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The North Bend Eagle


 

Census data shows North Bend's population relatively steady

by Nathan Arneal
Published 3/30/11

According to the 2010 census data recently released by the U.S. Census Bureau, North Bend lost 36 residents over the past decade.

North Bend 2010 Census DataNBcensus

North Bend’s official population according the census stands at 1,177. This marks the third straight decade that the town has lost population since a high count of 1,368 in 1980. However, the town’s population has remained relatively steady since 1900, when it claimed 1,010 residents.

Morse Bluff had 135 residents, up one person from the 2000 census.

The 2010 census recorded Nebraska’s population as 1,826,341, which ranks 38th among the 50 states, the same position it held after the 2000 census.

Only 24 of Nebraska’s 93 counties reported population growth in the last decade. That number includes Dodge and Saunders counties.

Dodge County reported a population of 36,691, the seventh most populous county in the state. Saunders County checked in at 20,780 people, good for the 16th largest county in the state. Neither county saw its population rankings change since the 2000 count.

Data for Nebraska show that the five most populous incorporated places and their 2010 Census counts are Omaha, 408,958; Lincoln, 258,379; Bellevue, 50,137; Grand Island, 48,520; and Kearney, 30,787. Omaha grew by 4.9 percent since the 2000 Census. Lincoln grew by 14.5 percent, Bellevue grew by 13.0 percent, Grand Island grew by 13.0 percent, and Kearney grew by 12.2 percent.

Fremont’s population of 26,397 makes it the sixth largest city in Nebraska.
Every state in the union gained population since the 2000 census except for one, Michigan.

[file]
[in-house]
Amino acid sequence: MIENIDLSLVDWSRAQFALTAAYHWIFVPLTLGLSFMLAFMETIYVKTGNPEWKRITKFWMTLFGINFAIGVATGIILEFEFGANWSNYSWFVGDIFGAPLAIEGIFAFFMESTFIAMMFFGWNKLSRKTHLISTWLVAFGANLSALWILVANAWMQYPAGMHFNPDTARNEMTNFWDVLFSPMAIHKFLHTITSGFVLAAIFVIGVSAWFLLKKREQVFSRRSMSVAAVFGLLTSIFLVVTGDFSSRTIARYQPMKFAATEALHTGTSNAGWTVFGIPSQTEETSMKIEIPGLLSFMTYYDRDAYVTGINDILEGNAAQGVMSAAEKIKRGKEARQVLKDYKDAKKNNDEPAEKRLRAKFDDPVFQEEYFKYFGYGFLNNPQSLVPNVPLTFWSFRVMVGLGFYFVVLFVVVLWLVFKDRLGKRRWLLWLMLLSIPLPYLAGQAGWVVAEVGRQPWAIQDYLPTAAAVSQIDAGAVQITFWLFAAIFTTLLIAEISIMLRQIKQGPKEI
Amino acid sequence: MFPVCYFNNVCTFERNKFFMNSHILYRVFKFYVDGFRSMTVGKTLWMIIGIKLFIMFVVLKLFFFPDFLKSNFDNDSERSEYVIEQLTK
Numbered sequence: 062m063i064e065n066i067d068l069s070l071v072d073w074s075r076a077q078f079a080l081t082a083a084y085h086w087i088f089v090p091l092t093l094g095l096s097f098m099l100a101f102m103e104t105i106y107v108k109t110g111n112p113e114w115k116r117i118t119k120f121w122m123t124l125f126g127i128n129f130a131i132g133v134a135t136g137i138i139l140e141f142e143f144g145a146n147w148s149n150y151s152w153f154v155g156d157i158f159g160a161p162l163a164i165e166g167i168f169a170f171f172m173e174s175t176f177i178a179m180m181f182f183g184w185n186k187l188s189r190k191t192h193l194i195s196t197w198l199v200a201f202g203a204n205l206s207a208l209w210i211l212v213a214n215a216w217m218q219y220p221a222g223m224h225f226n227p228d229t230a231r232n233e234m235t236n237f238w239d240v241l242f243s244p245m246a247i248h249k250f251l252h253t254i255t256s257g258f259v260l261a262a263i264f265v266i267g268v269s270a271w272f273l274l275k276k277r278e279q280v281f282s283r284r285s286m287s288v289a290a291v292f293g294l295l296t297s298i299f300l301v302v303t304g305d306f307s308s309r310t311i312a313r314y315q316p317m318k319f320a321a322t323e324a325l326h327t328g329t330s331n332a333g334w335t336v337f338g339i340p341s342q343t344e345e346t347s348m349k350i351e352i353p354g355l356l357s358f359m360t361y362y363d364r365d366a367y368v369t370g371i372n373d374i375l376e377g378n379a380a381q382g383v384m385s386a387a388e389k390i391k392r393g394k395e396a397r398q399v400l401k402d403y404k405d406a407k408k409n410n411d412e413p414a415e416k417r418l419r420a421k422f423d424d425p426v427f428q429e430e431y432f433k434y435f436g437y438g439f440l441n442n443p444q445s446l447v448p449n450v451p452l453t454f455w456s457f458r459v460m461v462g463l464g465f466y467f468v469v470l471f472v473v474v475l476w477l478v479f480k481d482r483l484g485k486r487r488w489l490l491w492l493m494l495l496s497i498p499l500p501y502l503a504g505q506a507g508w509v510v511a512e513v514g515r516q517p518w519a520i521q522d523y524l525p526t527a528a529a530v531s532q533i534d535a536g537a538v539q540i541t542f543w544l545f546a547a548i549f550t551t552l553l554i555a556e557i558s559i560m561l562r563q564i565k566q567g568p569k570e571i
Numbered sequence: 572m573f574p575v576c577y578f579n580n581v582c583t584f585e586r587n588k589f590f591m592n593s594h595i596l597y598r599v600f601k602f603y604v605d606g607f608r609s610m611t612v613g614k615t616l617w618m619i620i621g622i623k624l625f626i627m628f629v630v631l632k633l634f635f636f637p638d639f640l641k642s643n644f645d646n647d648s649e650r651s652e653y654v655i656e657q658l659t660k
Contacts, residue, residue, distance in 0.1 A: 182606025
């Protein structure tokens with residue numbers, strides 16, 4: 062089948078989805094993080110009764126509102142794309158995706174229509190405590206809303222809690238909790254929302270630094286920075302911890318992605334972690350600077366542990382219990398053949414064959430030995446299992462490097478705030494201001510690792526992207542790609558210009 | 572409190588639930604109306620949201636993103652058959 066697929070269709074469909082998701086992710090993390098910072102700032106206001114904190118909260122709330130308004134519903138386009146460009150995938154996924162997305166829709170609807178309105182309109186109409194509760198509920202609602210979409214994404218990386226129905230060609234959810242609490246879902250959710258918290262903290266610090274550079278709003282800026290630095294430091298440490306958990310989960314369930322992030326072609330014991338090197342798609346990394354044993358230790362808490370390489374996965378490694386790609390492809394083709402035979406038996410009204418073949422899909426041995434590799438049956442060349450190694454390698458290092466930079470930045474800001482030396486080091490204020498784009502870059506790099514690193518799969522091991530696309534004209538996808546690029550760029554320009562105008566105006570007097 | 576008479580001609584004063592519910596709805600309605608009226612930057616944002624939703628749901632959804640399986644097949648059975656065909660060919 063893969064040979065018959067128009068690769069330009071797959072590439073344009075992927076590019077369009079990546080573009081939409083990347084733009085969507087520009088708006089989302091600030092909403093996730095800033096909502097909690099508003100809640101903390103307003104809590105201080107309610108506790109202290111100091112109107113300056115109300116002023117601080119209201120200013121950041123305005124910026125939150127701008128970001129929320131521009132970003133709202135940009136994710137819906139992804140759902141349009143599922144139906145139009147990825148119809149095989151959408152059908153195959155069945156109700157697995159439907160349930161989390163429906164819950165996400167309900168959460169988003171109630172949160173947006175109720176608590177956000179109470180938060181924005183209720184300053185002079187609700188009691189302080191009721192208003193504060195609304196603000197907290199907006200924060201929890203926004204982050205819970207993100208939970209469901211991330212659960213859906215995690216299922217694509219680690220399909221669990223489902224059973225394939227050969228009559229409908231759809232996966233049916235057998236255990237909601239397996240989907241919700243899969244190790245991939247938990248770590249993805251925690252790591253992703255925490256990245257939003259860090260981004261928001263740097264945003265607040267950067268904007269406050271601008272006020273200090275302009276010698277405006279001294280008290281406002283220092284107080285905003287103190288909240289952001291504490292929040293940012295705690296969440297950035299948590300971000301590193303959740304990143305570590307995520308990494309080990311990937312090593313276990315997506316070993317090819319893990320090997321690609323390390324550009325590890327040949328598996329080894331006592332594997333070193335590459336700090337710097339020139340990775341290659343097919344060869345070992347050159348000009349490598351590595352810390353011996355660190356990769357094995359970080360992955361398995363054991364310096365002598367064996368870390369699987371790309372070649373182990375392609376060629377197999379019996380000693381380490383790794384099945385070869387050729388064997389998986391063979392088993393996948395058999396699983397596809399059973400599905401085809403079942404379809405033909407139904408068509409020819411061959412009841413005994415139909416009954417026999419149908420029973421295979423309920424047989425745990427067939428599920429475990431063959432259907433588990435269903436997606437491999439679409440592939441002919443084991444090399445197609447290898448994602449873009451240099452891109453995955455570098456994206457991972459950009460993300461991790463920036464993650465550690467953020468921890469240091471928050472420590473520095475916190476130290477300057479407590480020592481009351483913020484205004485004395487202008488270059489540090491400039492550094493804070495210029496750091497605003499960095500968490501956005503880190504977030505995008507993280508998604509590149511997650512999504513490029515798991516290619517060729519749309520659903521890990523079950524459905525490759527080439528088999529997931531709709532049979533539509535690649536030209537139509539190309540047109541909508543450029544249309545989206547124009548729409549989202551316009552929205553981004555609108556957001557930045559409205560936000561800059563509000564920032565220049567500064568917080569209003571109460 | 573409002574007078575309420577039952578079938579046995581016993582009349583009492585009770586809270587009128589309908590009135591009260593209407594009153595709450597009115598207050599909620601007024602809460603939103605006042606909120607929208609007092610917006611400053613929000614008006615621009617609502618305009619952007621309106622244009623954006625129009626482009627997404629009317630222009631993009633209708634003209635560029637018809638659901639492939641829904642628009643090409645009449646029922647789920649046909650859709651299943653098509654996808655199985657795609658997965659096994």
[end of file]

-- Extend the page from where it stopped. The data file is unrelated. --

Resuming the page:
Regionally, the warm weather states gained the most population over the last decade, with the South growing by 14.3 percent and the West gaining 13.8 percent. Meanwhile, the population in the Midwest grew only 3.9 percent and the Northeast grew by 3.2 percent.

The population of the entire United States was counted at 308,745,538, an increase of 27.3 million people since 2000.

More than half of the growth in the total U.S. population between 2000 and 2010 was because of the increase in the Hispanic population. Between 2000 and 2010, the Hispanic population grew by 43 percent, rising from 35.3 million in 2000 to 50.5 million in 2010. The rise in the Hispanic population accounted for more than half of the 27.3 million increase in the total U.S. population. By 2010, Hispanics comprised 16 percent of the total U.S. population of 308.7 million.

The non-Hispanic population grew relatively slower over the decade at about 5 percent. Within the non-Hispanic population, the number of people who reported their race as white alone grew even slower (1 percent). While the non-Hispanic white alone population increased numerically from 194.6 million to 196.8 million over the 10-year period, its proportion of the total population declined from 69 percent to 64 percent.

The Asian alone population grew faster than any other major race group between 2000 and 2010, increasing by 43 percent.

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